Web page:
38. ^James Berardinelli. "Ted 2 | Reelviews Movie Reviews". Reelviews.net. Retrieved June 27, 2015.
  39. ^Nashawaty, Chris. "'Ted 2': EW review". EW.com. Retrieved June 27, 2015.
  40. ^"Review: 'Ted 2' gives us more (and less) of the same". Azcentral.com. April 22, 2015. Retrieved June 27, 2015.
  41. ^"Review: Grin and bear 'Ted 2' hijinks". Usatoday.com. June 23, 2015. Retrieved June 27, 2015.
  42. ^Stephen Whitty. "'Ted 2' review: Mark Wahlberg grins, and bears it". NJ.com. Retrieved June 27, 2015.
  43. ^The Associated Press (May 27, 2015). "Movie review: Sincerity, story crush 'Ted 2'". masslive.com. Retrieved June 27, 2015.
  44. ^Mick LaSalle (March 11, 2015). "'Ted 2' — lowdown and very funny". SFGate. Retrieved June 27, 2015.
  45. ^Andersen, Soren (June 25, 2015). "'Ted 2': The crude little dude is back". The Seattle Times. Retrieved June 27, 2015.
  46. ^"'Ted 2' Review: Seth MacFarlane's Bad-Taste Humor Plays It Safe (and Sexist)". Thewrap.com. June 24, 2015. Retrieved June 27, 2015.
  47. ^"Review: In 'Ted 2,' the Foulmouthed Bear Tries to Prove He's Human". The New York Times. June 23, 2015. Retrieved June 27, 2015.
  48. ^"'Ted 2' review: Seth McFarlane scrapes bottom of barrel". NY Daily News. Retrieved June 27, 2015.
  49. ^"Ted 2 returns with unbearably crude humour and cheap laughs: review". Thestar.com. March 16, 2015. Retrieved June 27, 2015.
  50. ^A.A. Dowd. "Review: Ted 2 gets filthier but less charming". Avclub.com. Retrieved June 27, 2015.
  51. ^"5th AACTA Awards - Feature Film Nominees". AACTA Awards. Archived from the original on October 31, 2015. Retrieved November 12, 2015.
  52. ^"2016 Nominees & Winners". People's Choice Awards. Retrieved October 3, 2015.
  53. ^Author Jamie Lovett @JamieLovett (March 8, 2016). "Deadpool, Avengers, And Star Wars Nominated For MTV Movie Awards". Comicbook.com.
  54. ^"The 42nd Annual Saturn Awards nominations are announced for 2016!". Saturn Awards. February 24, 2016. Retrieved March 4, 2016.
  55. ^Radish, Christina (June 23, 2015). "Seth MacFarlane Talks TED 2 and 3, the Cast, and Political Correctness". Collider. Retrieved December 3, 2019.
  56. ^"Seth MacFarlane not ruling out 'Ted 3,' but says 'no immediate plans' on September 12 2021 Seth MacFarlane posted on his Instagram page of the Ted bear stating its "preparing for a return"". TODAY.com. Retrieved December 3, 2019.
  57. ^"Seth Macfarlane Instagram post". instagram.com. Retrieved September 13, 2021.

External links[edit]

Wikiquote has quotations related to: Ted 2
Sours: https://en.wikipedia.org/wiki/Ted_2
  1. Zoosk vs hinge
  2. Osrs max guide
  3. Acura tl trims
Ted (film)
Ted poster.jpg
Theatrical release poster with original release date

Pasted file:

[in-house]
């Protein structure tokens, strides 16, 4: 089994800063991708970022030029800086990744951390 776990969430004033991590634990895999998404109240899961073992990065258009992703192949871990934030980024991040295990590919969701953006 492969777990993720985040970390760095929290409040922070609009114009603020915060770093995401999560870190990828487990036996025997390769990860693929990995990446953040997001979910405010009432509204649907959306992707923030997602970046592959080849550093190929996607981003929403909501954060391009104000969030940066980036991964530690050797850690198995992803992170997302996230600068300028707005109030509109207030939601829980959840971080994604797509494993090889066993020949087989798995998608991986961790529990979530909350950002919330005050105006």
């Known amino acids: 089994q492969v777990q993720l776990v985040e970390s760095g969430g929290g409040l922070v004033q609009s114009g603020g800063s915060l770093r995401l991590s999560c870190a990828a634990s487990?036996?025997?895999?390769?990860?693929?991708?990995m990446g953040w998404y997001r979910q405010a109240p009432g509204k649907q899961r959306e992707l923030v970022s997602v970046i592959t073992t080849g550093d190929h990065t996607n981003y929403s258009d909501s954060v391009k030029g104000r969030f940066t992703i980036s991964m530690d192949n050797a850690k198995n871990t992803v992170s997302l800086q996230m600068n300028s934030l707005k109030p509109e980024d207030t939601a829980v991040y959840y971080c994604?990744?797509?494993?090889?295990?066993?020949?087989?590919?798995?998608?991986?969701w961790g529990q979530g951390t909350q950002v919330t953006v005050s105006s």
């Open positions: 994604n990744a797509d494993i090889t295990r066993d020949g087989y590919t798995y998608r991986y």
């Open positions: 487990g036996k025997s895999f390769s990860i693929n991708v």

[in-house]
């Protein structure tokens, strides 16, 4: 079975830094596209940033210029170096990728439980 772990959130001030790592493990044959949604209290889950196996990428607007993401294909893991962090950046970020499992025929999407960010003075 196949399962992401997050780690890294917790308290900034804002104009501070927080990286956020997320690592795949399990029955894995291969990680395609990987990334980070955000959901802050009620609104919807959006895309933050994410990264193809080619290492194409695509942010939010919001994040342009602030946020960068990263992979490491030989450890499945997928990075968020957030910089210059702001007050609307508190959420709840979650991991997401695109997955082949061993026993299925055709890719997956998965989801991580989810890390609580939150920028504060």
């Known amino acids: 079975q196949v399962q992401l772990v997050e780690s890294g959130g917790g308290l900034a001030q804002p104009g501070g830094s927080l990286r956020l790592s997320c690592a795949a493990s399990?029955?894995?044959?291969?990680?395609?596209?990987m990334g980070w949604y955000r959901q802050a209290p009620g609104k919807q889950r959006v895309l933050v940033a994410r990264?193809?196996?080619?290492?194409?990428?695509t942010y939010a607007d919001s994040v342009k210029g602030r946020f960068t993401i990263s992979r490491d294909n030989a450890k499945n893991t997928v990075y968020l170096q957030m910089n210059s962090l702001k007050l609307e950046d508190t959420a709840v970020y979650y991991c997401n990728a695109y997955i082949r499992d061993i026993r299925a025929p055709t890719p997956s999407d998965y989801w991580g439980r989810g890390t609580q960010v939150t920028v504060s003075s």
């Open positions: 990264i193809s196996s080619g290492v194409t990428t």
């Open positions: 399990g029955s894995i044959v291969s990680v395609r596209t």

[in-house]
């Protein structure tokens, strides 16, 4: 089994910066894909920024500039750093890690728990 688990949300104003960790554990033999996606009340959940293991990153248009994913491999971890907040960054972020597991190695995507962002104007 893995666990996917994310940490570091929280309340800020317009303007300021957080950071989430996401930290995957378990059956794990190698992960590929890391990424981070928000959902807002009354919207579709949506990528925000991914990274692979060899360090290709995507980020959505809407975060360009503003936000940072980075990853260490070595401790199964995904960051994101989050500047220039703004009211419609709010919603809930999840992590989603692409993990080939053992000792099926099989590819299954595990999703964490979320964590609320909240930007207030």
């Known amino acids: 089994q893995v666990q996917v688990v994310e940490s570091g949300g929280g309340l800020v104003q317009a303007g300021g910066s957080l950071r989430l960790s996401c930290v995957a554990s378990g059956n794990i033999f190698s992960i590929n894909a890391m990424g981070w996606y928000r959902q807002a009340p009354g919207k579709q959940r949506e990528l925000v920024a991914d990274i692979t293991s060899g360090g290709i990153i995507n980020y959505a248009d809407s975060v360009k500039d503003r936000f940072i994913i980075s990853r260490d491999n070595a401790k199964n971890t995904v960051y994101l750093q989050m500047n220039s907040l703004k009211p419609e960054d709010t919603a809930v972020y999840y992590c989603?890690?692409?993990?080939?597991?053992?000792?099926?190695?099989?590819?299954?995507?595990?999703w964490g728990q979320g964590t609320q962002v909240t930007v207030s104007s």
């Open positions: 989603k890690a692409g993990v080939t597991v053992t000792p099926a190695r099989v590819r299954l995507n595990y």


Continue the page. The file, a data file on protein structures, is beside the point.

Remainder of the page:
Directed bySeth MacFarlane
Produced byJohn Jacobs
Scott Stuber
Seth MacFarlane
Wellesley Wild
Jason Clark
Written bySeth MacFarlane
Music byWalter Murphy
CinematographyMichael Barrett
StudioMedia Rights Capital
Fuzzy Door Productions
Smart Entertainment
Bluegrass Films
Distributed byUniversal Pictures
Release dateJune 29, 2012 (U.S., English)
Running time106 minutes (theatrical version)
115 minutes (extended version)
Budget$50[1]–$65 million[2]

Ted, stylized as ted, is a 2012 American comedy film, directed by Seth MacFarlane and written by John Jacobs, Scott Stuber, MacFarlane, Wellesley Wild, and Jason Clark. It stars Mark Wahlberg as John Bennett, Mila Kunis as Lori Collins, and MacFarlane as the voice of Ted. It features Giovanni Ribisi as Donny, Joel McHale as Rex, Jessica Barth as Tami-Lynn McCafferty, Aedin Mincks as Robert, and Sam J. Jones as himself.

The film is MacFarlane's feature-length directorial debut,[2] produced by Media Rights Capital and distributed by Universal Pictures. It was released on June 29, 2012, and received generally positive reviews and was a commercial success, becoming the 12th highest-grossing film of 2012, the highest-grossing R-rated film of the year, and the highest-grossing original R-rated comedy of all time.[3][4][5] The film also received an Academy Award nomination for Best Original Song.

A sequel Ted 2 was released on June 26, 2015.

Plot[]

In 1985, eight-year-old John Bennett is an only child living in Norwood, Massachusetts, a suburb of Boston, who wished for his new Christmas gift, a jumbo teddy bear named Ted, to come to life and become his friend. The wish coincides with a shooting star and comes true; word spread and Ted was briefly a celebrity.

27 years later, John, now 35, and Ted are still living in Boston and are still staunch companions enjoying a hedonistic life. John is dating Lori Collins, who is from Philadelphia. As their anniversary approaches, Lori hopes to marry John but feels he could not move forward with Ted around. John is hesitant about making Ted leave, but he is persuaded to act when they find Ted at home with a group of prostitutes.